“This is my simple religion. There is no need for temples; no need for complicated philosophy. Our own brain, our own heart is our temple; the philosophy is kindness.” – His Holiness the Dalai Lama.
As soon as I wrote the word “love” in the title of this post I had a vision of 80% of my readers rolling their eyes and thinking, “great… here comes another post about love“. For some reason love is not a very cool thing these days. But I don’t care. I’m not all that cool anyway. In this post I want to talk about how we have lost touch with the art of love and why we desperately need to get it back.
Love is not romance or sex
Before I get in to the juice of this post I need to define some terms. Love is not romance. It is not sex. Actually, I should say that it is not just sex. It is so much more than that. This is one of the reasons that we have lost touch with love because we really have no idea what it is. If you walked up to 100 people on the street and asked what love is I think most of them would talk about being “in love”. That is nice. It is romantic. But, honestly, it is selling love short. Because love is so much more than that.
Let’s take a look at few more encompassing ideas about what love really is:
The Buddhist version of love
In Buddhism love is not romantic at all. It is not about starry nights and sunsets on the beach. Nope. It really isn’t. In Buddhism love is defined as “the wish for all beings to be happy“. It is the other side of compassion which is defined as “the wish for all beings to be free from suffering”. It is the very heart and soul of Buddhism because without love for other beings you have no chance of progressing along the path to enlightenment.
The Buddhist idea of love is an excellent one because it is both personal and impartial. What it teaches you to do is take the feelings you have for your friends and family and expand them out to all sentient beings. Your love is no longer reserved just for your wife and kids; you give it to everyone. Why? Because other people are someone’s daughter or son or brother or sister too. And because you know what it feels like to love your own son or daughter you know that it must be important to others as well. Buddhist love is wanting others to be happy.
The Ancient Greek version of love
One thing that is really limited about the word “love” is that it is only one word. We have one four letter word to describe tens of different emotions and feelings. The Ancient Greeks were on to this and as such they had several different words for love so as to not dilute the meanings.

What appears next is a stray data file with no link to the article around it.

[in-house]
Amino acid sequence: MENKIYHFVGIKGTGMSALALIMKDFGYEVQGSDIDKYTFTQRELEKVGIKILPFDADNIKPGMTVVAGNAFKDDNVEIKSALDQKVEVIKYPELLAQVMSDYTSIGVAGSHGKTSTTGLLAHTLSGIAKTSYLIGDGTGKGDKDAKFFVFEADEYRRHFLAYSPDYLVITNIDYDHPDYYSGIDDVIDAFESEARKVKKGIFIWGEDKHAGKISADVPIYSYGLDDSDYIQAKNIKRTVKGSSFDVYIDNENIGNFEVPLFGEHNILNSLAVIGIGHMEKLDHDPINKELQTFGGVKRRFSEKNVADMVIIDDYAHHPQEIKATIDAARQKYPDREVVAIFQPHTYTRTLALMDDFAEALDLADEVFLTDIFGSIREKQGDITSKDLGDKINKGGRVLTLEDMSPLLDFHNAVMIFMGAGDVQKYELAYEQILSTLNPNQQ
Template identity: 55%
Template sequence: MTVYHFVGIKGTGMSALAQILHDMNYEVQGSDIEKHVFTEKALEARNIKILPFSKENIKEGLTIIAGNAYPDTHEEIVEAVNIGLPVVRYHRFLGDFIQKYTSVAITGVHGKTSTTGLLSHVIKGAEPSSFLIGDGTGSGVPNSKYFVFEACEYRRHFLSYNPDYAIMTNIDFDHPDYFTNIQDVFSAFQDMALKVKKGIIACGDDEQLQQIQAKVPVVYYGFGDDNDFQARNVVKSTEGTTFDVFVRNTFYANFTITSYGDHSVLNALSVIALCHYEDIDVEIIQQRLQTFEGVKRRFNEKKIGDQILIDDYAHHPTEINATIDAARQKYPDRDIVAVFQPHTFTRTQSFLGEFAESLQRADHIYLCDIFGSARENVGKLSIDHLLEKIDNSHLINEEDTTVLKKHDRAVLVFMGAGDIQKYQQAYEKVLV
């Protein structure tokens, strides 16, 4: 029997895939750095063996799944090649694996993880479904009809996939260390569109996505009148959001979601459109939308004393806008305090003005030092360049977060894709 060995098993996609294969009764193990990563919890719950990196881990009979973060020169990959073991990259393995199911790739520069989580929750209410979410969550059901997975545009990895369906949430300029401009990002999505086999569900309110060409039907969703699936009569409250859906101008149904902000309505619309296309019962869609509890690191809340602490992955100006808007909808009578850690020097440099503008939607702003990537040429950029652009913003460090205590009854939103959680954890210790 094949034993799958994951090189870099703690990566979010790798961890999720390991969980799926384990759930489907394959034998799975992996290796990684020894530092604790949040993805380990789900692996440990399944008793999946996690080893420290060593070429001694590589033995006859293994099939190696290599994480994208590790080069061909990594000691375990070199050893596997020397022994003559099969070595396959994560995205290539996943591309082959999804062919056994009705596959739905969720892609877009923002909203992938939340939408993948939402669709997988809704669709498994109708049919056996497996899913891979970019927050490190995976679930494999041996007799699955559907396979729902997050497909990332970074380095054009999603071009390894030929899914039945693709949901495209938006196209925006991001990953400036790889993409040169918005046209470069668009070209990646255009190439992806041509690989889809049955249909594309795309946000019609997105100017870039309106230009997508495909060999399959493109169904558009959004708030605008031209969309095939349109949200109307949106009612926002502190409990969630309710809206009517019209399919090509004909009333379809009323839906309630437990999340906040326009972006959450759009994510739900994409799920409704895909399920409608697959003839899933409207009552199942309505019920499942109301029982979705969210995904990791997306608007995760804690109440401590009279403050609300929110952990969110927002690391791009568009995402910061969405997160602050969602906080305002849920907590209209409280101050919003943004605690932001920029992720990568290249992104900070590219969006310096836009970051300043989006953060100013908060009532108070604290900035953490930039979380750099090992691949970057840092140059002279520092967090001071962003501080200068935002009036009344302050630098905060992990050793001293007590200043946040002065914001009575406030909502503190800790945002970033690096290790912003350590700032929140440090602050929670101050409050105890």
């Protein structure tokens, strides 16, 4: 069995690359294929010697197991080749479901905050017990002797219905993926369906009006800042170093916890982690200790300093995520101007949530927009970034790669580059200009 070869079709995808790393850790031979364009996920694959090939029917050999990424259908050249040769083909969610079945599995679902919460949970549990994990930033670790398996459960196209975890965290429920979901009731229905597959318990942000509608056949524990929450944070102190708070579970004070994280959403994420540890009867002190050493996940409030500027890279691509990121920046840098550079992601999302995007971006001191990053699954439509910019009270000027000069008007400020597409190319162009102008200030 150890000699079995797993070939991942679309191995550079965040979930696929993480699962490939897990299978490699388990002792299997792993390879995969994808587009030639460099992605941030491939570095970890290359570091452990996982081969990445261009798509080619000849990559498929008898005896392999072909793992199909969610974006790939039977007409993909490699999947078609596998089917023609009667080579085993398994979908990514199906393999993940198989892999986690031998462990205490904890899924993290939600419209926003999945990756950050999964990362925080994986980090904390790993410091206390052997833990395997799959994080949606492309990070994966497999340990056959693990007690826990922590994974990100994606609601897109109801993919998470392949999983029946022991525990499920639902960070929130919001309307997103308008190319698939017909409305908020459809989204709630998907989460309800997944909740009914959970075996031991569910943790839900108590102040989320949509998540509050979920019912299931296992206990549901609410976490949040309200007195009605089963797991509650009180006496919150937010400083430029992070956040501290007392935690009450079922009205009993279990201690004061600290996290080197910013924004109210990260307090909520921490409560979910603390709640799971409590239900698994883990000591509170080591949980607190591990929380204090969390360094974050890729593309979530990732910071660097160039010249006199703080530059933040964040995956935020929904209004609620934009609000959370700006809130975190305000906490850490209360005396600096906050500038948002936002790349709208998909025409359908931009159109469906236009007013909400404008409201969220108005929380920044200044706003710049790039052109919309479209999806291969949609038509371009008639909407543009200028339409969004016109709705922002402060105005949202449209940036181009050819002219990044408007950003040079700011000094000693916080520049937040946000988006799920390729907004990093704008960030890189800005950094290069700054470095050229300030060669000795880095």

Philia is a term developed by Aristotle and is a love towards friends and family, co workers and other members of the community. This type of love is about a mutual dependence – we love each other because it benefits us both. Storge is the natural affection that a mother feels for her baby. Eros is the word used for romantic love and xenia is the greek idea of love between a host and his guest where the guest repays the host’s kindness with nothing but gratitude.
The theistic version of love
Christians, Muslims, Jews and Hindus also have the type of love that is between a person and God. This type of love is not romantic but is more about respect, gratitude and even fear.
Christians love God because they are grateful for the life he is given at the same time as being fearful of his wrath. The same is true in Islam where the words rafah and rahmah relate to God’s compassion and mercy respectively. As you can see the theistic idea of love is different to general ideas about love.
Love is many things
The point of looking at all of this is to show you that love is far more than just the romantic versions that we see on TV. It is about brotherhood, community, friendship, altruism, happiness and so on. When we look at love in these broader terms it is easy to see how it can be so important for the world today. And that is why we need to remember how to do it.